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NYPD Executive Promotions Include New Chief of Department and Chief of Patrol

January 18, 2018

The New York City Police Department made a series of high-level promotions and transfers to support Neighborhood Policing, the new and expanding paradigm for police operations in New York City.

"To complete the sweeping organizational change represented by Neighborhood Policing, we require the talent, the vision, and the leadership of the people we're promoting today," said Police Commissioner James P. O'Neill at the January 18th promotion ceremony.

Chief Terence Monahan served previously as Chief of Patrol and was, together with Commissioner O'Neill, a principal architect of Neighborhood Policing. He will serve as Chief of Department, the highest uniformed rank in the NYPD. At the promotion ceremony, Commissioner O'Neill called the chief a proven, highly skilled crime-fighter and innovator.

"He saw what I saw –– that the old model of policing just wasn't working in the most efficient way possible and that business-as-usual was not getting the job done," Commissioner O'Neill said. "He knew that we had to fix it and he helped us figure out how. He's been there from the very beginning of our effort to fundamentally reshape this department."

"Make no mistake," said Chief Monahan, "Neighborhood Policing is not a program. This is not an initiative. It is a fundamental change for the entire agency. Each of us working towards reducing crime and building trust. If we want our communities to trust our cops and respect our cops, than we, sitting up here in leadership roles, need to respect our cops and trust our cops."

As the newly promoted Chief of Patrol, Chief Rodney Harrison will oversee all 77 patrol precincts in the department. Chief Harrison, formerly the executive officer of the Patrol Services Bureau was Chief Monahan's principal assistant in the implementation of Neighborhood Policing.

"In his nearly 27-year career, Rodney has worked in every borough of New York City and this wide experience helps him understand and truly connect with communities all across our city," said Commissioner O'Neill. "Neighborhood Policing is not a 'one-size-fits-all' solution, and if we tried to do it that way, it would never work. Luckily, we have leaders like Rodney to ensure that it's tailored correctly and that it works well everywhere."

"Under Neighborhood Policing, many cops are working on building relationships with the community," said Chief Harrison." It is important that the 36,000 men and women are constantly acknowledged for their great work."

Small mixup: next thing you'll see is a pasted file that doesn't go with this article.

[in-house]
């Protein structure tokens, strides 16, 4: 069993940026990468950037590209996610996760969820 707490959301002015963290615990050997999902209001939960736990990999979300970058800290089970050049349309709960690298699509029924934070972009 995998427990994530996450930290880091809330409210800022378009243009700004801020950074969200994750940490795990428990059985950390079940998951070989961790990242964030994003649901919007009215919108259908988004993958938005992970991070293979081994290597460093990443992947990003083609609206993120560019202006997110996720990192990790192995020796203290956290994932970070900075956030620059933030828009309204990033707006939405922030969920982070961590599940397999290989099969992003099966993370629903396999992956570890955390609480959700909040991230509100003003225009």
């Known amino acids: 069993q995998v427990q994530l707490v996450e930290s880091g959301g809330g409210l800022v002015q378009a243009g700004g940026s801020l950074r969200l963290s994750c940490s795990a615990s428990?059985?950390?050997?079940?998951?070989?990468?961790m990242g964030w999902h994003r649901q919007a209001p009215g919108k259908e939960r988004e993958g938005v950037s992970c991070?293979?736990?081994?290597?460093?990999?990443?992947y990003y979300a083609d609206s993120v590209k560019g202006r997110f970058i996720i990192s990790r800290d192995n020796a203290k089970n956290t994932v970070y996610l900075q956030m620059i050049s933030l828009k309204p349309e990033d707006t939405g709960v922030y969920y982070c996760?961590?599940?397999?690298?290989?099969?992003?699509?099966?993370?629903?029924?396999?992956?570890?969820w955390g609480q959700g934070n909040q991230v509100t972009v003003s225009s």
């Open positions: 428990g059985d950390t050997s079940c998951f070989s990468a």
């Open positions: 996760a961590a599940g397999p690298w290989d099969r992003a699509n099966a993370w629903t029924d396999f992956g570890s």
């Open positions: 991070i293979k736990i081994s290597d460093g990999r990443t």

Chief Edward Delatorre previously served as commanding officer of Patrol Borough Staten Island and helped launch Neighborhood Policing in the 120th, 122nd, and 123rd Precincts. He will now lead the Transit Bureau.

Formerly the executive officer of the Risk Management Bureau, Chief Nilda Hofmann will now head the Community Affairs Bureau, where she will serve as a liaison with the city's neighborhoods, helping to ensure that every community has a voice in the NYPD and Neighborhood Policing.

Chief Harry Wedin, previously the commanding officer of the Special Operations Division, now becomes the Chief of Special Operations. He will lead many of the most highly trained and skilled officers in specialty units in the city who serve as a critical back-up to patrol.

Previously commanding officer of the Police Academy, Chief Theresa Shortell now heads the NYPD's Training Bureau. Among other responsibilities, she ensures that newly hired officers receive the best classroom and field training possible and helps Neighborhood Coordination Officers learn a variety of skills for working with communities and solving local crime and disorder problems.

Chief William Morris oversaw the launch of Neighborhood Policing in the 7th, 9th, and 10th Precincts as Chief of Manhattan South. As the newly appointed Chief of Personnel he will ensure the NYPD continues to attract and keep the most talented and motivated police force possible.

Deputy Commissioner Tracie Keesee, who previously headed the Training Bureau, will become the NYPD's Equity and Inclusion Officer. For Neighborhood Policing to be truly effective, the department must make sure that all aspects of the NYPD reflect the diversity of New York City.

Chief John Donohue, who most recently worked as the executive officer of the Intelligence Bureau and was commanding officer of the Office of Management Analysis and Planning, has become the Chief of Strategic Initiatives, managing many of the department's critical analytic and planning functions. The work of the Strategic Initiatives Bureau will continue to inform and evaluate the ongoing implementation and fine tuning of Neighborhood Policing.

Chief Fausto Pichardo, who was the commanding officer of the 43rd Precinct, was promoted to Assistant Chief. He will serve as executive officer of the Patrol Services Bureau, assisting Chief Harrison with the further implementation of Neighborhood Policing. He has also served as executive officer of the 28th Precinct and as commanding officer of the 33rd Precinct.

Chief Stephen Hughes, recently commanding officer of the Strategic Response Group, was promoted to Assistant Chief and Commanding Officer of Patrol Borough Manhattan South. He has served as executive officer of the Midtown North Precinct and commanding officer of the 10th Precinct and the Warrant Section.

Maria Otero was promoted to Assistant Commissioner and will remain in her current assignment at the Office of the Deputy Commissioner of Administration, continuing her work enhancing morale, improving employee engagement, and fostering better communication within the department.